So I went into the discussion to maybe offer some support and understanding to the man struggling to find a communications job here in London. I entered the discussion and found people offering suggestions of positions to apply to, all of which he gratefully accepted or replied that he’d already applied to the position. One of those position was a position I applied to the other night and immediately tweeted “Just applied to a job that I really really want. Fingers tightly crossed on this one #fingerscrossed #jobs”

After reading the conversation on LinkedIn and creeping his profile I feel a bit deflated. This job is one that I’ve basically been applying to since I graduated. It’s the perfect job for me. It’s the right environment, with the right kind of people, doing the work I know and love. I am now painfully aware that I am once again up against at least one person with vastly more experience than me, as he graduated university before I even finish elementary school. I wish him the best and hope he finds something soon, as I know how hard it is and he is clearly more than qualified for a good position in the field.

Maybe this time for me it won’t matter that I don’t have the ‘years experience’, maybe someone will see something in my resume and be so impressed by my interview that they can’t help but hire me over the person with X years more experience. I know I deserve the opportunity, I know I am good at what I do. What I lack in experience I make up for in drive and ability to learn. I didn’t graduate at the top class for no reason, I work hard and learn fast.

I guess though if this job opportunity doesn’t pan out, there are still the other applications I sent out to positions that I thought sounded interesting.  Hopefully one of the cool job opportunities I have found will pan out, though I fear there are over qualified individuals lurking there too.

But I will remain positive! I am a great catch!


For anyone interested in my background:

I graduated from Brock University in 2006 with an Honours Bachelor of Art in Popular Culture. I then graduated from Fanshawe College in 2008 with a post-graduate certificate in Corporate Communications and Public Relations (CC&PR). I graduated from that program at the top of my class earning the London Life Student Award of Excellence, awarded annually at the IABC Virtuoso Awards to the student with the top GPA in the Fanshawe CC&PR program.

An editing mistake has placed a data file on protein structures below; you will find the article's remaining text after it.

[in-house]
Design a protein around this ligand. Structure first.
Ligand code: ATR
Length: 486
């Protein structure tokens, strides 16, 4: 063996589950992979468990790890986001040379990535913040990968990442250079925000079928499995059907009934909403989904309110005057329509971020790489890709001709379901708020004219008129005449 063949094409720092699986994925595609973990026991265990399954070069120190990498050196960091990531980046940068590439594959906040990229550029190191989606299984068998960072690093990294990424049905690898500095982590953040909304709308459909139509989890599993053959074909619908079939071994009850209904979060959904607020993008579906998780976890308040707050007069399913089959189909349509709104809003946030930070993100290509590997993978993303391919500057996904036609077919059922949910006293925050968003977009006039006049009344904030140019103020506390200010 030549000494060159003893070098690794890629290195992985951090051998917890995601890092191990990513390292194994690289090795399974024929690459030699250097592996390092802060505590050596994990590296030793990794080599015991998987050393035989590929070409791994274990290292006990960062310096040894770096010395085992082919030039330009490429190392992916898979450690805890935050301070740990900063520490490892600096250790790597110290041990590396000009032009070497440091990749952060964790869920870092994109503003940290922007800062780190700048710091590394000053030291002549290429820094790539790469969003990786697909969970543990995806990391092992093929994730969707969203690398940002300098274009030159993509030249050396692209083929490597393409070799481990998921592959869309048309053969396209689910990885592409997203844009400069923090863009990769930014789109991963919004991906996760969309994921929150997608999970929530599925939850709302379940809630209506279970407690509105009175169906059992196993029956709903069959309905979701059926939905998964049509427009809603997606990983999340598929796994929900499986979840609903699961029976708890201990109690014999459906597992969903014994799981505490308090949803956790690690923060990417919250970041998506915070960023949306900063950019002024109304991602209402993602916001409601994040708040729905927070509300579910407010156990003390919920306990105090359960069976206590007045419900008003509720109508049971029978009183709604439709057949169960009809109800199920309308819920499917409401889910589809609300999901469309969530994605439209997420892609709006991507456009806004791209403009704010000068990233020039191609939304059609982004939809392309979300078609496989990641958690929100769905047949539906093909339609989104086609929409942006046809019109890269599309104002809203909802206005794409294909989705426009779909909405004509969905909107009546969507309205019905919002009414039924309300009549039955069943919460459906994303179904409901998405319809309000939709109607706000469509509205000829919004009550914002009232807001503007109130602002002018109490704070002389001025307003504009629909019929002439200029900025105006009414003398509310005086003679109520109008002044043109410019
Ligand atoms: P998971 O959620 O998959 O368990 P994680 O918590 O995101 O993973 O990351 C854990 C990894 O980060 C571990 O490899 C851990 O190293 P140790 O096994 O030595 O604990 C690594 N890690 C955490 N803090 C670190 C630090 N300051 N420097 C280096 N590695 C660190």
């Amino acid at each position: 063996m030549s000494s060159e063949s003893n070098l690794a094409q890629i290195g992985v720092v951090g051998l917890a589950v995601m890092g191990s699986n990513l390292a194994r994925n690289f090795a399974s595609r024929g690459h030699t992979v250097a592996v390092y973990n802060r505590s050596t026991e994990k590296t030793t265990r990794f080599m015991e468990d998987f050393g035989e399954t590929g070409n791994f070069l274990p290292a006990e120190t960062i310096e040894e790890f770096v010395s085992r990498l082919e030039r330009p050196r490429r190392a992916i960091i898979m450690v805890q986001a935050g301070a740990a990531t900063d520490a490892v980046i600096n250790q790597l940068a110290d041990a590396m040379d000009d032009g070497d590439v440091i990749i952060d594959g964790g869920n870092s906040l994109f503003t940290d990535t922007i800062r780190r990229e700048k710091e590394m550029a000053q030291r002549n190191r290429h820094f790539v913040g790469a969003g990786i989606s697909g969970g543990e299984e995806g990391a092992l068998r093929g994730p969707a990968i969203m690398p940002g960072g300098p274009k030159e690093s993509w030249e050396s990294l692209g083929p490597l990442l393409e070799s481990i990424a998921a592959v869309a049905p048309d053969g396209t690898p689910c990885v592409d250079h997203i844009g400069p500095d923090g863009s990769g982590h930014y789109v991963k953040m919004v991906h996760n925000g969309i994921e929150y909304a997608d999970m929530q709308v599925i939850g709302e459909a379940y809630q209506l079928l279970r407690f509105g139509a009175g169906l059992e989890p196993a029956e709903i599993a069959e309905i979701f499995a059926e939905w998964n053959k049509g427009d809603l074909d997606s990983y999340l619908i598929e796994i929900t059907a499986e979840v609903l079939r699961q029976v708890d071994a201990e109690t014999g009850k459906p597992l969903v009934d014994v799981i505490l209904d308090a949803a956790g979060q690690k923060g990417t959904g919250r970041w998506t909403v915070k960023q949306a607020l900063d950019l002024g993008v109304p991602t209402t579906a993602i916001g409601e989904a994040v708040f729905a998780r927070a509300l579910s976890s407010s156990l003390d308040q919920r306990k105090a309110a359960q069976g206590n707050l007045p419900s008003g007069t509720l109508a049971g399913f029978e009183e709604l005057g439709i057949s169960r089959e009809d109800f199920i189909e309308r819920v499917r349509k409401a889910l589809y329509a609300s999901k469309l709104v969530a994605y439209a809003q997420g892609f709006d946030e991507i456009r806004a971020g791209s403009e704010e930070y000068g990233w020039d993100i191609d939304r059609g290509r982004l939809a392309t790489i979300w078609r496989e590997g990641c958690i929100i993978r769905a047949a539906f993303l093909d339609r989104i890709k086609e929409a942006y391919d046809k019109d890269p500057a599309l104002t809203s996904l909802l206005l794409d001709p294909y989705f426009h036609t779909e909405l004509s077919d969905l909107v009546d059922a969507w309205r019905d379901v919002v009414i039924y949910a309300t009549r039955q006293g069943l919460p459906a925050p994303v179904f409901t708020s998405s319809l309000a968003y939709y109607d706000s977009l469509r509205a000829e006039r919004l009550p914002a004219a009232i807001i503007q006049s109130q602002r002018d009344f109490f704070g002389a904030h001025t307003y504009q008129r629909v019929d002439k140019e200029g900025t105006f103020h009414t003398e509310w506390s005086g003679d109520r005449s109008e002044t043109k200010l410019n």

Examples of projects I’ve worked on:

  • Middlesex … We’re On the Way Tourism Guide 2010 (writer)
  • Me Inc. A Young Entrepreneurs Magazine (primary writer)
  • Middlesex Tourism Online Events Guide 2010
  • Middlesex Tourism Symposium 2010
  • London Chamber of Commerce Bell Comedy Auction 2008 ( Laff Your Assets Off)
  • Brock Blood Donor Campaign – with Canadian Blood Services (primary organizer)
  • Brock Residence Food and Clothing Drive (primary organizer)

I have also created numerous marketing materials for various businesses and organizations and run social media training for two not-for profits.

You can view my LinkedIn profile by visiting http://ca.linkedin.com/in/sarahcarruthers

Here we go …

So I’ve been meaning to start a blog for a while, but I’ve felt like I’ve been missing that one thing that you need to start a blog, something to say. I’ve decided to take the plunge though and just do it, maybe something will come to me. So here we go …

I’m a 25 (almost 26) year old university and college graduate. I received my Honours Bachelor of Arts in Popular Culture from Brock University in 2006 and in 2008 I received my post-graduate certificate in Corporate Communications & Public Relations from Fanshawe College. I’ve always had an insatiable appetite for learning, so the academic world was a pretty seamless fit for me. The transition from the academic world to the professional world though hasn’t been the smoothest.